Skakkebaek says his group had no warning that the Board of Health was preparing or posting its report. They had submitted the data as part of a routine progress report, “on the assumption that it would be confidential,” he says. Skakkebaek says he was traveling in Paris on 12 April when the first newspaper article about the report was published. He heard about it via a phone call from his wife, he says.

Peter Saugmann-Jensen, a senior medical officer at the Board of Health who oversaw the report, says that in retrospect, the situation “could have been handled more elegantly.” But he explains that the board had decided that the data conveyed an important public health message. “You have a surveillance program for men's semen quality. It has received large amounts of public funding for more than a decade, and it has been carried out in a public hospital. We fully respect the scientists' legitimate interests, but the purely descriptive statistics concerning sperm counts are public health data that belong in the public domain.”

Widespread worry about the fertility of Danish men is another reason the board felt justified in its actions, according to Saugmann-Jensen. “We had concerns about a negative stamp being put on a whole generation of men,” he says, pointing to an article from last year with the title “The Little Princes of Denmark. Why do Danes have smaller nuts than Finns—are toxins to blame?” The board “felt there was a mismatch between the public perception that there is an ongoing deterioration in young men's reproductive potential and the fact that no change in sperm numbers had occurred over many years of state-of-the-art surveillance,” he says.

The report specifically addresses the media's role in reporting scientific findings on the topic, urging reporters and the public to remember that “statements from researchers or research groups are usually not synonymous with scientific finality.” Saugmann-Jensen says the agency did not deliberately court media attention for the report, however. He says a journalist who had heard about the report contacted him, and he was happy to answer questions.

Skakkebaek says he and Jørgensen did ask the Board of Health to remove the online report, in part because they disagree with the conclusions drawn from their data. They concur there is no decrease in sperm count over the 15-year period, but they say that the overall levels are worryingly low. The Board of Health's report plays down that concern, saying it is impossible to draw clear conclusions about what a “low” sperm count is. Danish sperm counts are similar to those observed in German and Norwegian men, it notes.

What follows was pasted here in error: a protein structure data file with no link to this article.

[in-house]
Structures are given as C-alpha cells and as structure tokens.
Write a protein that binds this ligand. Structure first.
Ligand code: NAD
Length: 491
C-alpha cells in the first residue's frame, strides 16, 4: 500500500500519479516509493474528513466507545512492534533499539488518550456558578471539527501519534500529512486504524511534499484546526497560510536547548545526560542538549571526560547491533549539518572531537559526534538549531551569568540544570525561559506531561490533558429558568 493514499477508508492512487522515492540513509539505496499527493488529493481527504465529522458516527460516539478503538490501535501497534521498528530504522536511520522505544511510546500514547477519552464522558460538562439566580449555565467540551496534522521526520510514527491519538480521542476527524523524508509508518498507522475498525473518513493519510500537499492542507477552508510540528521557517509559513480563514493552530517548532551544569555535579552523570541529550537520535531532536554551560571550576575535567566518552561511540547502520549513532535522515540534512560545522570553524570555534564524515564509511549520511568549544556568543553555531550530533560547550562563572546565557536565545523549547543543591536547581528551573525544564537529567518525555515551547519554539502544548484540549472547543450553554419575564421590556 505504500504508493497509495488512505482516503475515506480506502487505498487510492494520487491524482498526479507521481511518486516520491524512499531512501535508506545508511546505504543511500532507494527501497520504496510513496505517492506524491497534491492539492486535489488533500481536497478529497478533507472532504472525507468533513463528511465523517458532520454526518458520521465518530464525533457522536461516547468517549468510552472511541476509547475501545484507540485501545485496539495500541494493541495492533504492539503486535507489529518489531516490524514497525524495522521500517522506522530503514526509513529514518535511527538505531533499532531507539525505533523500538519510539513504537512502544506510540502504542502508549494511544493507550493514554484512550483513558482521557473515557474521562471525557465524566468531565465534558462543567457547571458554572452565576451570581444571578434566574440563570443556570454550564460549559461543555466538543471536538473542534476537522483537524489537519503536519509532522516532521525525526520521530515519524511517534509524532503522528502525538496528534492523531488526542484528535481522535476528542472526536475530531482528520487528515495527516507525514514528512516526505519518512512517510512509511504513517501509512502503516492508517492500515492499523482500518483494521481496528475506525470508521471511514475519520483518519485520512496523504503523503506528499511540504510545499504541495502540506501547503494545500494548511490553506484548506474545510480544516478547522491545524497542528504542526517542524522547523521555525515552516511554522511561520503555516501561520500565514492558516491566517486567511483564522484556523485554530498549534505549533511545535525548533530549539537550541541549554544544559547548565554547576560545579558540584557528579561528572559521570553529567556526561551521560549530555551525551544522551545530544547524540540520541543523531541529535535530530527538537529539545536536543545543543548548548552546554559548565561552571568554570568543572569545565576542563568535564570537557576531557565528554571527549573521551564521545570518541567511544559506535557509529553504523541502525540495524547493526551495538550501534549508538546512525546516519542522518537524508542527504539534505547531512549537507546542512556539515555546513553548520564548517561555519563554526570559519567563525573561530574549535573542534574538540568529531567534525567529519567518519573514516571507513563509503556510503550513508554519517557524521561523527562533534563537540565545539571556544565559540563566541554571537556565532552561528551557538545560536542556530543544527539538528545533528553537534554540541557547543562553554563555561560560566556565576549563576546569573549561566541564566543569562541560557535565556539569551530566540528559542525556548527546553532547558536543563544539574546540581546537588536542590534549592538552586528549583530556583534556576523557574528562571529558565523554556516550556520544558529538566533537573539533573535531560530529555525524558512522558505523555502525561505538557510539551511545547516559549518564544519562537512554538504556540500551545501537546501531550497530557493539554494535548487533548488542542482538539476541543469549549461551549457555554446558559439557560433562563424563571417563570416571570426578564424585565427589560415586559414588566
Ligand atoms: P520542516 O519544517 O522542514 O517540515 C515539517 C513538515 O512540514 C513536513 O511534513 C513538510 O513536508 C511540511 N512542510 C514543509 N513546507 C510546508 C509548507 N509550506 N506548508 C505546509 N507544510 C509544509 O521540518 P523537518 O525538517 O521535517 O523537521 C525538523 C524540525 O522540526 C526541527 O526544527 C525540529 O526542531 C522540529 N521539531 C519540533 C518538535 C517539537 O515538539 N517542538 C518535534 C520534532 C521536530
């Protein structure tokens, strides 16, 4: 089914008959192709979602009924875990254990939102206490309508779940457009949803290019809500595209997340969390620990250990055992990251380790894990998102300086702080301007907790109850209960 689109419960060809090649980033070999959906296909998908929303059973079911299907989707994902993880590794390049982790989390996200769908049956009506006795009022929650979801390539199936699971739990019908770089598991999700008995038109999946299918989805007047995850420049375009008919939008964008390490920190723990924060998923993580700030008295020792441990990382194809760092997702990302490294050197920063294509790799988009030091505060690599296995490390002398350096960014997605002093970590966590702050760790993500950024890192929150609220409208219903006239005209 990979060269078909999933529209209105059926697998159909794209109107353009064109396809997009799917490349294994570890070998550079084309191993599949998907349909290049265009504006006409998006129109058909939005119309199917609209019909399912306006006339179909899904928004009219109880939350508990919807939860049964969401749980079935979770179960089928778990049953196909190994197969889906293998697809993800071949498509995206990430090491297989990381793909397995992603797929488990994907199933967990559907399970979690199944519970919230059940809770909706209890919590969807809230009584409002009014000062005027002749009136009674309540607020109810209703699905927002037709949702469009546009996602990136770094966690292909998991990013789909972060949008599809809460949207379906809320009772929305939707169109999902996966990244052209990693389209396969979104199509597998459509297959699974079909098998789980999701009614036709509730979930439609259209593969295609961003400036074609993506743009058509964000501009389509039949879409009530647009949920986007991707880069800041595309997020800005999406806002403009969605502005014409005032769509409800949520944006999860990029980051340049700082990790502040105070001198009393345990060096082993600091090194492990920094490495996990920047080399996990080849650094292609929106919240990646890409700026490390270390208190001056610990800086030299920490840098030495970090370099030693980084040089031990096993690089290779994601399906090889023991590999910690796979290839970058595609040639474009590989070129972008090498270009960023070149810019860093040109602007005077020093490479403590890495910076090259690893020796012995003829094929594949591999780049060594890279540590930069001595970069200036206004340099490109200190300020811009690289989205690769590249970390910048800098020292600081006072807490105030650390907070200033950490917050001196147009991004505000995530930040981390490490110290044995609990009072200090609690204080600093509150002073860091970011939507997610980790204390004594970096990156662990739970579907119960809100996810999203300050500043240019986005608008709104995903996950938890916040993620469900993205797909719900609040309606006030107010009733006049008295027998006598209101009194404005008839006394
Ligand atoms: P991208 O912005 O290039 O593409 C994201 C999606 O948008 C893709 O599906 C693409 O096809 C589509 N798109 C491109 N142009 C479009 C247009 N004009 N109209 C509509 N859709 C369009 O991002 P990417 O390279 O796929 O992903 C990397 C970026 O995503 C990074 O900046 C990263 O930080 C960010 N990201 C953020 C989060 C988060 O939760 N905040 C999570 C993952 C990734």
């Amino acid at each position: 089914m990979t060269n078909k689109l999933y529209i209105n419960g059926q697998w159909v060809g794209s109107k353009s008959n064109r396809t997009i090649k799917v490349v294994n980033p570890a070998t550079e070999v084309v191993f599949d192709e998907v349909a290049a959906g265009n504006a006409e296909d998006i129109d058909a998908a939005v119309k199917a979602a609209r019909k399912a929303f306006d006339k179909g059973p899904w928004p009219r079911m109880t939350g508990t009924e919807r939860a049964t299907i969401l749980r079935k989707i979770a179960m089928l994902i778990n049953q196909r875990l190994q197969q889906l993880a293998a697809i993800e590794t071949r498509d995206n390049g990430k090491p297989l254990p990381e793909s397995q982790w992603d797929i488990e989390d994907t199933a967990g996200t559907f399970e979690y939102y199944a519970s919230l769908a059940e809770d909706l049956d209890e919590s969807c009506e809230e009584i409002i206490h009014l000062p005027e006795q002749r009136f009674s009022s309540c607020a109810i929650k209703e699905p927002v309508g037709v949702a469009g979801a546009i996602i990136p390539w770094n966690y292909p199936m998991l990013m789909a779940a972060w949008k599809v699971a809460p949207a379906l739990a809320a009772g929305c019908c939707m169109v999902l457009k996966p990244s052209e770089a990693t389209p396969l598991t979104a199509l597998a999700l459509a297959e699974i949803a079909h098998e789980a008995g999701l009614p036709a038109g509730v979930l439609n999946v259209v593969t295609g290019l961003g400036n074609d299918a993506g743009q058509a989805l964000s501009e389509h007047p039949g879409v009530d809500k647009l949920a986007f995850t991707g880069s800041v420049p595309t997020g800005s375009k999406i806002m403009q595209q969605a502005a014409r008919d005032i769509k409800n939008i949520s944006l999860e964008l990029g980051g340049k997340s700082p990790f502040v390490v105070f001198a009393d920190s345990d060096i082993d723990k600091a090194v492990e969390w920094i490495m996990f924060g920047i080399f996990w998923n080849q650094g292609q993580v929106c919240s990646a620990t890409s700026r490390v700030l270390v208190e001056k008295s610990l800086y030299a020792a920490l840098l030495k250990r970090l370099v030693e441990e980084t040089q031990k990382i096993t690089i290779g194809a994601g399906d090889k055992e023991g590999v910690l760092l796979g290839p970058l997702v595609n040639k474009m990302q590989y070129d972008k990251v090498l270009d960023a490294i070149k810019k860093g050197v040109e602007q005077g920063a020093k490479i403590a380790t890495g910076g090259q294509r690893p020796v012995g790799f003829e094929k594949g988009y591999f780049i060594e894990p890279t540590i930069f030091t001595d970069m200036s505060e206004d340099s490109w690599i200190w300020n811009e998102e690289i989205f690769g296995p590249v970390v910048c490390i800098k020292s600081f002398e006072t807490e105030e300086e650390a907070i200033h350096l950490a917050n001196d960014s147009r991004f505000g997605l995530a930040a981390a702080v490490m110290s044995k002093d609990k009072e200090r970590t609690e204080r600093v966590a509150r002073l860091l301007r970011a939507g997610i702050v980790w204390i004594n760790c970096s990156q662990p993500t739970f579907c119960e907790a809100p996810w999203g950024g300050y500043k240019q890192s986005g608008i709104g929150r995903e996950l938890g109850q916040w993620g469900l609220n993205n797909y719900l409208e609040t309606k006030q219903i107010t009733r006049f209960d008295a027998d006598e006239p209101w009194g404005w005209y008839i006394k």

The authors of the Epidemiology commentary commissioned by Wilcox, who call the data “the best longitudinal semen data yet available,” share some of Jørgensen and Skakkebaek's concern. “The proportion of young men with low sperm counts is surprisingly large,” they write. “It is somehow hard to think it has always been so.” They conclude that further examination of possible causes—whether environmental exposures, obesity, or exposure to drugs—is warranted.

“Everyone would agree that a large proportion of these men have a low sperm count compared to the best you can have,” says Jens Peter Bonde, a professor of environmental medicine at Copenhagen University Hospital of Bispebjerg, one of the authors of the commentary. How significant that is for fertility and overall health is not yet clear, he says.

Wilcox says the fracas highlights changing ideas about who owns scientific data. “Is it the people who collect it? The people who pay for it? We are moving as a society toward the idea of data not being the property of the people who collect it,” he argues. “The researchers have temporary custody during which they can write papers, but ultimately [the data] should be in the public domain.”

When told by Science that Jørgensen, Skakkebaek, and their colleagues had submitted their data for publication and the paper had been rejected, Wilcox expressed surprise. But he says that doesn't invalidate his editorial or his decision to publish the commentary: “Then what is lost by the graph [of sperm counts] appearing on the Danish Web site? The appearance of these data simply creates more interest in and more demand for the full story.”